Thirteen people received the highest civilian honor awarded, the Presidential Medal of Freedom, in a recent East Room ceremony at the White House. President Obama continued the tradition that was established by President Harry Truman to honor World War II activities.
Throughout the years, the criteria for recipients of this prestigious award have changed. Those presented with the Medal of Freedom during the 1940s and 1950s were figures who were involved in America's security and diplomacy.
Through an executive order President John Kennedy made significant changes in the selection criteria in 1963. The "especially meritorious contribution" was expanded to include not only "the security or national interests of the United States" but also of "cultural or other significant public or private endeavors."
Previous recipients have included Red Sox slugger Ted Williams, General Norman Schwarzkopf, Pope John Paul II, Supreme Court Justice Earl Warren, former President Ronald Reagan and, more recently, former astronaut-turned Sen. John Glenn and Tennessee's own legend of leadership, Pat Summitt.
The decision of those selected as recipients lies solely with the president.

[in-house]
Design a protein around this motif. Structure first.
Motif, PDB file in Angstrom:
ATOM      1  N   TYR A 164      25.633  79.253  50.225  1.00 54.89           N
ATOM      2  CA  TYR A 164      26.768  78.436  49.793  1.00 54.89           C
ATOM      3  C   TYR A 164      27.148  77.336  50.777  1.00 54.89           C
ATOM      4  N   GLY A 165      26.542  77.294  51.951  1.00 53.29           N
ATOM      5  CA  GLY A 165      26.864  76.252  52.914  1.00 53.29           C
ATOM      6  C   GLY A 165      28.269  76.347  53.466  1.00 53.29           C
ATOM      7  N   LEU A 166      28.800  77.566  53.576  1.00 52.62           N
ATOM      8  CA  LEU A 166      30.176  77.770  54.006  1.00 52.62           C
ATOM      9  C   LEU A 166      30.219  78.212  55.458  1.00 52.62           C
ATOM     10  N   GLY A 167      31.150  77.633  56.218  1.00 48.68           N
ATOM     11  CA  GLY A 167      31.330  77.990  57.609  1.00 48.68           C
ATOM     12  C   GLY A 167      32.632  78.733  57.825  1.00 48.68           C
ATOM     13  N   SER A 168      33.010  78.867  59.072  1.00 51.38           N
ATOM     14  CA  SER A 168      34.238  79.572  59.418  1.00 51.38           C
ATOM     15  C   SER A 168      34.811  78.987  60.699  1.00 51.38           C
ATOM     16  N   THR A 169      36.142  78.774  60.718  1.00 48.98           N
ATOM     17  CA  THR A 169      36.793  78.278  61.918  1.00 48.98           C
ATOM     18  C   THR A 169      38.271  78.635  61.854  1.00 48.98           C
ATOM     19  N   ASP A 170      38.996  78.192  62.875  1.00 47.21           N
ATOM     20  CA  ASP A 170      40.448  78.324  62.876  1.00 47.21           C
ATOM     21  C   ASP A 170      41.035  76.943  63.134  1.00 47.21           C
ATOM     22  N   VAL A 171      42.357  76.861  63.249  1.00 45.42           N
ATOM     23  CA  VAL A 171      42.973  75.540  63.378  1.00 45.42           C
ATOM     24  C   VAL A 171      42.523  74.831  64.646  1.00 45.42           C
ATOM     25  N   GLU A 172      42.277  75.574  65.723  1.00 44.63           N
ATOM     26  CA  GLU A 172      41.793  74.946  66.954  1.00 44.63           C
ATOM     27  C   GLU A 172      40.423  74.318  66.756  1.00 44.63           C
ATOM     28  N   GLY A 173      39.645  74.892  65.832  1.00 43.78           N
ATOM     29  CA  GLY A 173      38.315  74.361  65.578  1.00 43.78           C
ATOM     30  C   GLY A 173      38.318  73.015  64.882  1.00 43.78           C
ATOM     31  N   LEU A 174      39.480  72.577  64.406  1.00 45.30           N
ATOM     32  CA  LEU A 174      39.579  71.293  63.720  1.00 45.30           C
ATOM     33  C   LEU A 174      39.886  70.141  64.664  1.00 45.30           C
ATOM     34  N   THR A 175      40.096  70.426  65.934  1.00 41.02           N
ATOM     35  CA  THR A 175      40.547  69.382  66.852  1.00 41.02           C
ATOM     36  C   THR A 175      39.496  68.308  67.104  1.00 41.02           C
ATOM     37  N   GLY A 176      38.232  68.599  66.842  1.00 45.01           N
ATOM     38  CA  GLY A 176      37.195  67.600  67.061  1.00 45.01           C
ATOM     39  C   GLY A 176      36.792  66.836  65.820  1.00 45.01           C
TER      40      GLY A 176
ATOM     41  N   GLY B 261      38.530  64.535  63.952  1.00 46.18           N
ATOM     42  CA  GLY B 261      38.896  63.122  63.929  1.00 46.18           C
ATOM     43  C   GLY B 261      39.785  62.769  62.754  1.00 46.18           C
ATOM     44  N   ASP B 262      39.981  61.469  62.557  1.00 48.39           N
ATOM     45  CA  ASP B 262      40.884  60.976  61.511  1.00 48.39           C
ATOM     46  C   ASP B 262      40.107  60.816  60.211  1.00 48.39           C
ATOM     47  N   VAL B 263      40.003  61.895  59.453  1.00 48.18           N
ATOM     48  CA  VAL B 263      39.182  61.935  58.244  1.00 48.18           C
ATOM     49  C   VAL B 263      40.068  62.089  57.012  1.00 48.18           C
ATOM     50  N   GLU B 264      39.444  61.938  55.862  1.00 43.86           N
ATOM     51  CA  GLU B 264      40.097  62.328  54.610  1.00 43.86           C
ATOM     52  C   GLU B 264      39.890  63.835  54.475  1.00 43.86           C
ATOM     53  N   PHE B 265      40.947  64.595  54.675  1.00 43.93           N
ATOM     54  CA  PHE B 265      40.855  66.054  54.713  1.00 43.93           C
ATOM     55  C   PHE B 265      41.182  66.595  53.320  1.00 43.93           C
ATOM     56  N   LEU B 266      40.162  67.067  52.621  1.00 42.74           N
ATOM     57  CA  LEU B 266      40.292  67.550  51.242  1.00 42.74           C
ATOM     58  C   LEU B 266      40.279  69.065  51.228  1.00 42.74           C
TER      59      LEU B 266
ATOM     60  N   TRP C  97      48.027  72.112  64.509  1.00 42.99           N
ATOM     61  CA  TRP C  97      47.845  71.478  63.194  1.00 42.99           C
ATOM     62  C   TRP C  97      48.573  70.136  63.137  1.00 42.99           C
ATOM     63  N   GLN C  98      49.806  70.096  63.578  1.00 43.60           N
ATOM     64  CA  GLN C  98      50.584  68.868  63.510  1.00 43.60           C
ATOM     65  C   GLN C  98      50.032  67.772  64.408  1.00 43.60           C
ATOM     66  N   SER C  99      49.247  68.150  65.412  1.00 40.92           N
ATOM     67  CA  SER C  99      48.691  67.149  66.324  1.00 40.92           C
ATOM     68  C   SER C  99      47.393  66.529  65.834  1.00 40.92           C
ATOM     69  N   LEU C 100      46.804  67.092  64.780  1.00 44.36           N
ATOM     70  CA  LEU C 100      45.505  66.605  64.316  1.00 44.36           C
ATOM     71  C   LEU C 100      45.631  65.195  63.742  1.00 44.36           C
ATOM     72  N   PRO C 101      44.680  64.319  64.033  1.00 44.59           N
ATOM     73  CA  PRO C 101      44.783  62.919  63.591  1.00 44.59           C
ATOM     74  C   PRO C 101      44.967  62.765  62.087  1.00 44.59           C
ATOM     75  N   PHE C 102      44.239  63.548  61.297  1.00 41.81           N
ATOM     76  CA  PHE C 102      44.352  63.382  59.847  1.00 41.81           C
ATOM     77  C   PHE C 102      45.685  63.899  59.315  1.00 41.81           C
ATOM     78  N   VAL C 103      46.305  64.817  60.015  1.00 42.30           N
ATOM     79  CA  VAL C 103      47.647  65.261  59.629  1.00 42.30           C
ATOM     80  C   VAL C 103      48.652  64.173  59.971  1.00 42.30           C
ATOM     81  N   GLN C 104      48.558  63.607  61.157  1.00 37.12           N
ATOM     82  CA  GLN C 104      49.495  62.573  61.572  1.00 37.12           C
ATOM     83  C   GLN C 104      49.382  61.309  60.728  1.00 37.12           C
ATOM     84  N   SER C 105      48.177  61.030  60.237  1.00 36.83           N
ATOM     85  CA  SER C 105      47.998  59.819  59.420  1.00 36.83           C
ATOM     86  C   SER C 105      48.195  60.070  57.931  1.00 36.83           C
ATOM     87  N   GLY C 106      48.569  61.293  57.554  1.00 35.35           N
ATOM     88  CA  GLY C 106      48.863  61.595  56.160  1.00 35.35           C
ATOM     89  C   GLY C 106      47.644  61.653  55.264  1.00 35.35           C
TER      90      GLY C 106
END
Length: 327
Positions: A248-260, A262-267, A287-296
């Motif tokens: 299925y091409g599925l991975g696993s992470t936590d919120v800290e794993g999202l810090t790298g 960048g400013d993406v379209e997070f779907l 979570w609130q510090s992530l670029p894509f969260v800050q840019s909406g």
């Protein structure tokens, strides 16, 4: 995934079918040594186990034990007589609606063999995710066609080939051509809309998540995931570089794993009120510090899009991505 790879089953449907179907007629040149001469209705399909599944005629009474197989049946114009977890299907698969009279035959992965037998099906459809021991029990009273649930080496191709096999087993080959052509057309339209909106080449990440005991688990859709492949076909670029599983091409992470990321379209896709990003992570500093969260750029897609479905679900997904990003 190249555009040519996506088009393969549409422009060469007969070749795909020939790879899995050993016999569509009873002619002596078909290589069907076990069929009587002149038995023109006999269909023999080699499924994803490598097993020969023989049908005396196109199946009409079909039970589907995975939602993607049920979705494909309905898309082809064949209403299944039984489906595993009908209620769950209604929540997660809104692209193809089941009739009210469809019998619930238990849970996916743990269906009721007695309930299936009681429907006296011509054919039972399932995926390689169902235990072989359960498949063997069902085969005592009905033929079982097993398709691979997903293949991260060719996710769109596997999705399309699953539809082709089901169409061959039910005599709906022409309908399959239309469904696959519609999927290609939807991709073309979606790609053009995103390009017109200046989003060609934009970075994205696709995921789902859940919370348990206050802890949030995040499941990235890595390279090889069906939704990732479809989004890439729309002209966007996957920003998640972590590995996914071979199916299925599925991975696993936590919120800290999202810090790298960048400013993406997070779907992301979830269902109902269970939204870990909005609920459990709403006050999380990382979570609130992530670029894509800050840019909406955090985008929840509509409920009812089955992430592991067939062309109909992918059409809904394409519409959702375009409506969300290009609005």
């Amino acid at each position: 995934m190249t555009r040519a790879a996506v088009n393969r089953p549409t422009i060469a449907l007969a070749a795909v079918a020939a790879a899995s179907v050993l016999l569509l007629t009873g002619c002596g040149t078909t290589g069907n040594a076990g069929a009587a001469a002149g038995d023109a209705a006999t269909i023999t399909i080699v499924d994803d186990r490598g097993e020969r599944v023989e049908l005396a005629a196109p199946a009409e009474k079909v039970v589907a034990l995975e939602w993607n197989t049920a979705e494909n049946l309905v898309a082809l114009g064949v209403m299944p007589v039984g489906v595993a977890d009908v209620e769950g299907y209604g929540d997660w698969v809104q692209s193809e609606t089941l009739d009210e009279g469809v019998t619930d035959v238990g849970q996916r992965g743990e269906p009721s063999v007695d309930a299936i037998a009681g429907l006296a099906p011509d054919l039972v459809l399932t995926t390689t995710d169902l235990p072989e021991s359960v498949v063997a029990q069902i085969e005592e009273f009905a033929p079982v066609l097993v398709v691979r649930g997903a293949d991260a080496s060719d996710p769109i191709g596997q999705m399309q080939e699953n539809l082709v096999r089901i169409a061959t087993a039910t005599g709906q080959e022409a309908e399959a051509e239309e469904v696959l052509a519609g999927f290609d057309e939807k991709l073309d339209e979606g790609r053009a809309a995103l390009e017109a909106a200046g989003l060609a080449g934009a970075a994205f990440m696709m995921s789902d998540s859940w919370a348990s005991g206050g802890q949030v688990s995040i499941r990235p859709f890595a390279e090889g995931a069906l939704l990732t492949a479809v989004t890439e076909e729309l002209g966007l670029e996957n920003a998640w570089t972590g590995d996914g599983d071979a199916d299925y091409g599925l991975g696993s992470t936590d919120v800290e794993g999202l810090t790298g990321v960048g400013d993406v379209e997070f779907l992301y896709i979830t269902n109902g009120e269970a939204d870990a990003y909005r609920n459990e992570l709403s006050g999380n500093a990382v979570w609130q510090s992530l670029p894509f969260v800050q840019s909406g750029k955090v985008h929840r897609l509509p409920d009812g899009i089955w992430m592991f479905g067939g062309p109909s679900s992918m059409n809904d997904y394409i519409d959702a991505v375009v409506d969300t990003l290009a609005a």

Among the most recent recipients, an individual devoted to the antithesis of freedom was adorned with the blue ribbon holding the red and white enameled badge featuring a golden star framed by American eagles with wings spread.
Dolores Huerta, a current honorary chairwoman of the Democratic Socialists of America, the largest socialist organization in the U.S., was chosen by the president. She is the namesake of the Dolores Huerta Foundation, the mission of which is "to create a network of organized communities pursuing social justice through systemic and structural transformation."
Huerta also is a co-founder, with Cesar Chavez, of the National Farmworkers Association, now the United Farm Workers union.
President Obama alone made his selection of Medal of Freedom recipients. Disgustingly, one of his choices has turned an honor into a token.